A recent report on the results of a 10-year gene therapy study in dogs, which was presented on December 9, 2019, at the American Society of Hematology (ASH) meeting in Orlando, Florida, has stirred up old fears that by using a virus to insert therapeutic genes into the human genome, scientists may inadvertently be pushing cancer buttons in the treated cells.
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Gene therapy has always been the Holy Grail of medicine when it comes to conditions that are caused by defective genes. Recently, the use of a harmless virus called adeno-associated virus (AAV), which is capable of infecting human cells without any apparent ill-effects, has made it easier to introduce targeted sequences of corrective DNA into a defective cell to repair a gene.
The inserted DNA formed a loop called an episome that floated free within the nucleus rather than becoming a structural part of the host chromosome.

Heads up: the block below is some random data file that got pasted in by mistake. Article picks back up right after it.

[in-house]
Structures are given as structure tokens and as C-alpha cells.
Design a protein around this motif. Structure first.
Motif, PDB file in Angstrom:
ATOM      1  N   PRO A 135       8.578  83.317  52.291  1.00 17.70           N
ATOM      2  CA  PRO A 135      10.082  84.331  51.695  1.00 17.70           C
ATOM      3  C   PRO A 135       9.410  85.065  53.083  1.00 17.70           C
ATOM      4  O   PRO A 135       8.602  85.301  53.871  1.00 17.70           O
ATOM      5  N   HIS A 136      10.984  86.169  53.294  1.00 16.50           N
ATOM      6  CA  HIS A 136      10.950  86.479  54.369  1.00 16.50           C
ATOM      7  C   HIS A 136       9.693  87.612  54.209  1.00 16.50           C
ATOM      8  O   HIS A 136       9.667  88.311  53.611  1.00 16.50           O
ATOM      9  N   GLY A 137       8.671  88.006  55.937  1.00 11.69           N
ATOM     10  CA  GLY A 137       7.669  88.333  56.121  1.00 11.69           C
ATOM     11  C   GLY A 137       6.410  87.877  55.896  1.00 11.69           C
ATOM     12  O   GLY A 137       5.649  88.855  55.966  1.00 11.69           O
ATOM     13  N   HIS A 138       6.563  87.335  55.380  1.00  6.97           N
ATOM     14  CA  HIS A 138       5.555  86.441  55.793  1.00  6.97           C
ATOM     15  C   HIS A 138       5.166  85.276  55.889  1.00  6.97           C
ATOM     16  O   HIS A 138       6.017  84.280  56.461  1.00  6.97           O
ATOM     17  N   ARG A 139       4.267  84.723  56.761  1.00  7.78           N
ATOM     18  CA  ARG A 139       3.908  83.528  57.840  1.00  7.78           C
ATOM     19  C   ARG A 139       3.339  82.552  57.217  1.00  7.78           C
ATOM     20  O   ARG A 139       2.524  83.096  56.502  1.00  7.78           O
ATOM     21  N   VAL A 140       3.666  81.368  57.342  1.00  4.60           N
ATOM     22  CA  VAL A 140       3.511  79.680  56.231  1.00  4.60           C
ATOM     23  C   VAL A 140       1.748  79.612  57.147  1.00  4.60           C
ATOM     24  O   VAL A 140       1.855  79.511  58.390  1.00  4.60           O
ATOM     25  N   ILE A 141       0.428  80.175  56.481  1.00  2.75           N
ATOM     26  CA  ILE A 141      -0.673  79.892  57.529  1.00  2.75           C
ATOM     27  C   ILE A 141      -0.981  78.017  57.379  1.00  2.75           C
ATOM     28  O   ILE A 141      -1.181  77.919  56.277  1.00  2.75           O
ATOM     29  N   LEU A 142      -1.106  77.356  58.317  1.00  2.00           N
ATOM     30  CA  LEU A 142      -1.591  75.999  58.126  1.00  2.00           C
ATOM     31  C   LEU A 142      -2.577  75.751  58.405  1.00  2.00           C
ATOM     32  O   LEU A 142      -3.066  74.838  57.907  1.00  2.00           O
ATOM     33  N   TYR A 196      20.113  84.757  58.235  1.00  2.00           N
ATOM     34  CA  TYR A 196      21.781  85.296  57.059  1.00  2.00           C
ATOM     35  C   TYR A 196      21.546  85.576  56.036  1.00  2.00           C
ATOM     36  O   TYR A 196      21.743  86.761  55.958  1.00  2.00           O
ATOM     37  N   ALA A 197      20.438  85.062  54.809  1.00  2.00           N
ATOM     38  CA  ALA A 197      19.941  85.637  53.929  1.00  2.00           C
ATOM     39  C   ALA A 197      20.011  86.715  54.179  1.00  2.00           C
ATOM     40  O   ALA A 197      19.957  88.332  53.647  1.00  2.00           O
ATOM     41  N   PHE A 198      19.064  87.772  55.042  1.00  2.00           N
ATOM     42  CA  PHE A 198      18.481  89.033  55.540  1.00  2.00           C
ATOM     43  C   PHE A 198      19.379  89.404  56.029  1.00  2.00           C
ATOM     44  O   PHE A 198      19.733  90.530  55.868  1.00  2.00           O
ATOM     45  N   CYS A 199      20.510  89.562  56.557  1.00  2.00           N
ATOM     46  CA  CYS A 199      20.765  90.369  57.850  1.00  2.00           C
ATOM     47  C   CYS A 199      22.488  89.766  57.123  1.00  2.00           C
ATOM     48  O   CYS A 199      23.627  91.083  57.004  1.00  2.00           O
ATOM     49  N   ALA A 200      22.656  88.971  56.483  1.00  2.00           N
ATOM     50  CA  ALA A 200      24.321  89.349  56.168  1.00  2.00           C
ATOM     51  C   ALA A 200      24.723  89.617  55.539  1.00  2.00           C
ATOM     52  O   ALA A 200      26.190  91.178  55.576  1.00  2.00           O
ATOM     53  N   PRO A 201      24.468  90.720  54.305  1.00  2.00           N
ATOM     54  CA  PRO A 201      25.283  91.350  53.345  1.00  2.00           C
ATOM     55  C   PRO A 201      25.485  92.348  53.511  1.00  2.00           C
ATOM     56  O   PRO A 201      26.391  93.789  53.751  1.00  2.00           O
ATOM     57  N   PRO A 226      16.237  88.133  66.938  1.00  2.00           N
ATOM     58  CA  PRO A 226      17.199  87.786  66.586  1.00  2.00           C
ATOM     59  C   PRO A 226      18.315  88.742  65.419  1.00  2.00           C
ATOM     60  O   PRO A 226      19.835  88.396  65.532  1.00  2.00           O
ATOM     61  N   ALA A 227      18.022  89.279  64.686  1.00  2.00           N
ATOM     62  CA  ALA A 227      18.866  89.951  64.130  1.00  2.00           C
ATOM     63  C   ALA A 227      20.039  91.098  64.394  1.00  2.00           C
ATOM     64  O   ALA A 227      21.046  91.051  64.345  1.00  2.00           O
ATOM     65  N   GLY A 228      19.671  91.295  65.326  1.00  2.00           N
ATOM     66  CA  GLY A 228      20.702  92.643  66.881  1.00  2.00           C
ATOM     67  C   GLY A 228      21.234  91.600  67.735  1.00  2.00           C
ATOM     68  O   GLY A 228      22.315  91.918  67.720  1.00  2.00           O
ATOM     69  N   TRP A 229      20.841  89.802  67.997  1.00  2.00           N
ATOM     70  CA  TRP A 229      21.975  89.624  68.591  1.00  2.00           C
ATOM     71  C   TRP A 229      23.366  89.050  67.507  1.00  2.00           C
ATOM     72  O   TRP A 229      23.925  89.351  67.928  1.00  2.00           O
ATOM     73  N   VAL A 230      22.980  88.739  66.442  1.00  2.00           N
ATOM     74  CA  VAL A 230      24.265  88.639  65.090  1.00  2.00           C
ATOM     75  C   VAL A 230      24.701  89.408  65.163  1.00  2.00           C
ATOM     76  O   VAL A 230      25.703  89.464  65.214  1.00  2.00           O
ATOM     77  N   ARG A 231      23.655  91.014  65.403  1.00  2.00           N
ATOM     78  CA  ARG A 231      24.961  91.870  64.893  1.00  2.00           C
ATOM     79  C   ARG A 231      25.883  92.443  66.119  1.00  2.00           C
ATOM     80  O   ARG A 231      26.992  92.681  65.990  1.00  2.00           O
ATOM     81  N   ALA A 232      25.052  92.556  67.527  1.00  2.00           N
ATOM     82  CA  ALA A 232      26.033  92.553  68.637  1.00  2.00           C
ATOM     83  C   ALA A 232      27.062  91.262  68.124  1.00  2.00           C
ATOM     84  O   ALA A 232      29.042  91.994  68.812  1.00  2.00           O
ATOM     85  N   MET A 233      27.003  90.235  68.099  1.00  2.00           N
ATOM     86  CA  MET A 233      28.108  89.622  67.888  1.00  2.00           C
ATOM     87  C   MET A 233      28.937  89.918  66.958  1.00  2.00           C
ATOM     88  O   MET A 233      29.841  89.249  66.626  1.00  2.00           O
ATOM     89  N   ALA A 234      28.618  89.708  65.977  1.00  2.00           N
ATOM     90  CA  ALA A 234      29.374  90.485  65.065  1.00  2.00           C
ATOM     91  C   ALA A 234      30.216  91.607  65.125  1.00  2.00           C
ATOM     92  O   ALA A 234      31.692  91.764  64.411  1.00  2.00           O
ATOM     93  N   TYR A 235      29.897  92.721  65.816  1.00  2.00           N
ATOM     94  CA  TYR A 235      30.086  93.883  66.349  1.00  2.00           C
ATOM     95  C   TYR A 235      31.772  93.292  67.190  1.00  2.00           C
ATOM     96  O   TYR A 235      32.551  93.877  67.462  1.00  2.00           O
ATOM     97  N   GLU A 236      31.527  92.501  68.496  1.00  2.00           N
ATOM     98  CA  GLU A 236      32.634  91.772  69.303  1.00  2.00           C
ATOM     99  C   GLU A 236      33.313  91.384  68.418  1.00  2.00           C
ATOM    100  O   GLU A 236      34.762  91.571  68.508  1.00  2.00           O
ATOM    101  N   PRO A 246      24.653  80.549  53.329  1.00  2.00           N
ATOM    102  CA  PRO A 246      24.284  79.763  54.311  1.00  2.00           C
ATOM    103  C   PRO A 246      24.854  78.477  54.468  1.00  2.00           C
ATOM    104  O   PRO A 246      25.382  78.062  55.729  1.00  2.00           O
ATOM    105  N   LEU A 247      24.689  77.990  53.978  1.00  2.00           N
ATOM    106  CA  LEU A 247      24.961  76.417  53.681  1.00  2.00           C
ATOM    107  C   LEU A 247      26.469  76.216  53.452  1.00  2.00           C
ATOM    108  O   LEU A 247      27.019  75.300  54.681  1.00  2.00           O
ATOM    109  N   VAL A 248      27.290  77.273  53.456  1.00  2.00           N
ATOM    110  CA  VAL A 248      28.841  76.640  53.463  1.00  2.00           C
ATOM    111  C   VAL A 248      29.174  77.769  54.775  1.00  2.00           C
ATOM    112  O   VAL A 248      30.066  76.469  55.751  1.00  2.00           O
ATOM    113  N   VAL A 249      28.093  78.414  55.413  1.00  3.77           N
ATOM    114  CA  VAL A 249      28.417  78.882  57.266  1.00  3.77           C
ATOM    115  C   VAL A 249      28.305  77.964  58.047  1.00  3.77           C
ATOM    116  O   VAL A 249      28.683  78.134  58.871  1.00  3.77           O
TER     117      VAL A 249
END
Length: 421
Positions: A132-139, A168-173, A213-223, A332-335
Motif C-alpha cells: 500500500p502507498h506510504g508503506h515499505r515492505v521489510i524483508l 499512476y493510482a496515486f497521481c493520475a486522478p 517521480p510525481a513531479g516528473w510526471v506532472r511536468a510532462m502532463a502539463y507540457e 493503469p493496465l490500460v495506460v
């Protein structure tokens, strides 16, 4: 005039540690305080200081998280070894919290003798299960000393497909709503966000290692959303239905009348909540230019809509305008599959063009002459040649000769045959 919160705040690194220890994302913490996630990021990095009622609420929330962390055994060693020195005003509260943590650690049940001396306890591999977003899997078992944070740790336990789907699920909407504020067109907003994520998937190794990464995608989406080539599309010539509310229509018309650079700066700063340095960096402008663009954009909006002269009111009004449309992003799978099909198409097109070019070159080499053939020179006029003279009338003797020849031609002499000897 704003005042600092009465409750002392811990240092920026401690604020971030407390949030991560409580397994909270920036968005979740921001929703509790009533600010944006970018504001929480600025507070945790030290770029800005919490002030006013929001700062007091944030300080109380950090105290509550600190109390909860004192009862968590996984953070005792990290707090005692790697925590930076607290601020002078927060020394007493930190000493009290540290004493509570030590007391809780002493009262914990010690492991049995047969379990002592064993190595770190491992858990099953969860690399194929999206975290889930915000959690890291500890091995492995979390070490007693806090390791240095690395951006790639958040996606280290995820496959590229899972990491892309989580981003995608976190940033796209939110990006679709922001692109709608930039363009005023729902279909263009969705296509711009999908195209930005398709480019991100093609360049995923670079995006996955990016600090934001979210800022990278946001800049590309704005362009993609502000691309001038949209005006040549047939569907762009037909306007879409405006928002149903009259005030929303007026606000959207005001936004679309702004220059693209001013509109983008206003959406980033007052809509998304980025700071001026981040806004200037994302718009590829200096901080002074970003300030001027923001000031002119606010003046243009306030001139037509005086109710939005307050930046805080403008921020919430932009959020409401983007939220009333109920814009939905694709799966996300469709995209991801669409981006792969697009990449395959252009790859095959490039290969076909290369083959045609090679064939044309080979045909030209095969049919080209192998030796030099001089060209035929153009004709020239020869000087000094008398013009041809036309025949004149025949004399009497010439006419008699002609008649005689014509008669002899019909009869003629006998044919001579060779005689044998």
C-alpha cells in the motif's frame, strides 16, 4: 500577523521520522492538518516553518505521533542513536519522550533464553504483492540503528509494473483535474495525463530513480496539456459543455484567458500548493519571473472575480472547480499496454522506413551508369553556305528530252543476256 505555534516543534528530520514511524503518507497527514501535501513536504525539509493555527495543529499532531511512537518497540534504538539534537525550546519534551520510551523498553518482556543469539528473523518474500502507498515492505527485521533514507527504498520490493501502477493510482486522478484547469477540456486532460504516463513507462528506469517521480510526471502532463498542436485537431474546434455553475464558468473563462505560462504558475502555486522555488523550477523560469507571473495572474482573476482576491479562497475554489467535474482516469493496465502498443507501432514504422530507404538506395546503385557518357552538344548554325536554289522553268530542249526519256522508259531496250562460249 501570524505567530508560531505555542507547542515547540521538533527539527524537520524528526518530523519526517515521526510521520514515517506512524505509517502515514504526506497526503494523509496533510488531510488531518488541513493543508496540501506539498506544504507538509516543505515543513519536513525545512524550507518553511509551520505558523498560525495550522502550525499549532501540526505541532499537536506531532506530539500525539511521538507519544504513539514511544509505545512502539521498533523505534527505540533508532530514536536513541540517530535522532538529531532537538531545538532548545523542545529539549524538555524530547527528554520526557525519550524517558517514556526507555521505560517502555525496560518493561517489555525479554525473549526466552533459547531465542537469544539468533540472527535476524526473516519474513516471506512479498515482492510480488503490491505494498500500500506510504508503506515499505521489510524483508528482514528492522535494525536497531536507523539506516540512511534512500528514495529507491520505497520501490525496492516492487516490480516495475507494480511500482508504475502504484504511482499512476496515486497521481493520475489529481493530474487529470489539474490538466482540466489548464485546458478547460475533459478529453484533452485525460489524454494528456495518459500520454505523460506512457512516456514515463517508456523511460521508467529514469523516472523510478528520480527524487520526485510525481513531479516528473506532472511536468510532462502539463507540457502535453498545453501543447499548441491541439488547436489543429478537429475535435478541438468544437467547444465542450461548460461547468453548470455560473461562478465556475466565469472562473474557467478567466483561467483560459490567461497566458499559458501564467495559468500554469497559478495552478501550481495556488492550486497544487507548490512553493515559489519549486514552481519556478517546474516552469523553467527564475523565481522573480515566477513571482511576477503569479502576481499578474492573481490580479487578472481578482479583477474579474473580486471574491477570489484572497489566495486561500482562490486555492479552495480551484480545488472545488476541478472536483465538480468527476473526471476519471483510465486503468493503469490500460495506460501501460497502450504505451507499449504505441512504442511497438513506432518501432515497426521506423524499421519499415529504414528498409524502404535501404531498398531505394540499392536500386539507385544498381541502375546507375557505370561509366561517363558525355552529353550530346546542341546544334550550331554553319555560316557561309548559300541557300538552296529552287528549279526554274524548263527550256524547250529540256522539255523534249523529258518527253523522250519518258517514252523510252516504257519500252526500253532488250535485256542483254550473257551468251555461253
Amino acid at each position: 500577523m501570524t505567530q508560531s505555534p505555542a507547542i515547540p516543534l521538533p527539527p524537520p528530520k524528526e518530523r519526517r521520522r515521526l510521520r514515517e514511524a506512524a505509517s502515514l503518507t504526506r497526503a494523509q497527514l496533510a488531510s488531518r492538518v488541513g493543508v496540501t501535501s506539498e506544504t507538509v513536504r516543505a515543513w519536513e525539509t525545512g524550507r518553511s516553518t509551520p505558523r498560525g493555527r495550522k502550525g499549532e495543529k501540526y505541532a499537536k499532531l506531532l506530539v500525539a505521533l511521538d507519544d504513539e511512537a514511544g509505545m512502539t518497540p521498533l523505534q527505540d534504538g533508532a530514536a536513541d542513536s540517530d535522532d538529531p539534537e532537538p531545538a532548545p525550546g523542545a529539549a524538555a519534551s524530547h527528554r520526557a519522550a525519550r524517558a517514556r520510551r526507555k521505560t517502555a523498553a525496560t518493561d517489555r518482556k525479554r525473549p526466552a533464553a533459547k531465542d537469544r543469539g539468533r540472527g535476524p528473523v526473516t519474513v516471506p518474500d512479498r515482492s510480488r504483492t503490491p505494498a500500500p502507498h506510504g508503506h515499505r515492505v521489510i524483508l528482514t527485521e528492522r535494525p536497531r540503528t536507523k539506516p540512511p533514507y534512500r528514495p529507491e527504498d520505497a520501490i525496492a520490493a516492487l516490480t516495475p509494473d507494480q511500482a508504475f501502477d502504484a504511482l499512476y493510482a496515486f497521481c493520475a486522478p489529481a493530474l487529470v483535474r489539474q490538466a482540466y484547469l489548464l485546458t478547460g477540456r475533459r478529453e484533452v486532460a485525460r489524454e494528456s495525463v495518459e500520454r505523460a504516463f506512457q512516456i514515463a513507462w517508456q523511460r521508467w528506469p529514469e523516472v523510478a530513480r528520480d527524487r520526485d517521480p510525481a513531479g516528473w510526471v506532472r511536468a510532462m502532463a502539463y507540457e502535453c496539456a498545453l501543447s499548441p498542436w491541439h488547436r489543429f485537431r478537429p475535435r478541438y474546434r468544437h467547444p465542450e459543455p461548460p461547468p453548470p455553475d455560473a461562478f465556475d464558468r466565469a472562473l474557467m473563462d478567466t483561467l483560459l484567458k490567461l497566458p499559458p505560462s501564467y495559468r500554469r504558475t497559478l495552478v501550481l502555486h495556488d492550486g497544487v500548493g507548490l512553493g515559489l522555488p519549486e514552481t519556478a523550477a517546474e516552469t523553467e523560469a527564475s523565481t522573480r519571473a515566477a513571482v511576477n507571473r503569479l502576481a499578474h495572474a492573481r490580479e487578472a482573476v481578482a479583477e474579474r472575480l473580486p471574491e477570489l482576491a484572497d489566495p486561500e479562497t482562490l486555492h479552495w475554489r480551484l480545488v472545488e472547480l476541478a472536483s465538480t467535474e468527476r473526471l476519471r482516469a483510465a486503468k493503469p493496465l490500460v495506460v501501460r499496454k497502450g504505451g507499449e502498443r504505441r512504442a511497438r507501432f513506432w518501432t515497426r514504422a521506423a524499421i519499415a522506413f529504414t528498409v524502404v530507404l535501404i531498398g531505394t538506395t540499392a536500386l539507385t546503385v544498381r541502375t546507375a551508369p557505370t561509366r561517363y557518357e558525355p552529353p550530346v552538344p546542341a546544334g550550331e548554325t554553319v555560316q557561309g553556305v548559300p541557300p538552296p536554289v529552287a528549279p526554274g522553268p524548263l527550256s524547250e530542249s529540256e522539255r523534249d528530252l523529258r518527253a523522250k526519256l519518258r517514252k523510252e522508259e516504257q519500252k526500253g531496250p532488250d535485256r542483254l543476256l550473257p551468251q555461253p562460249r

Why AAV is required
For gene therapy, the replacement gene needs to be injected into the target cell so it can become part of its genetic database. Early experiments on gene therapy used a viral vector; it infected the target cell and thus inserted the whole of its genome into the host cell chromosomes. However, when this was found to have induced tumors in some children, this approach was halted.
This is why the AAV appealed to genetic researchers, and this vector has been behind many novel gene therapies introduced recently. For instance, in 2019, the U.S. Food and Drug Administration approved a gene therapy for spinal muscular atrophy, a hereditary neurological condition that eventually kills the individual.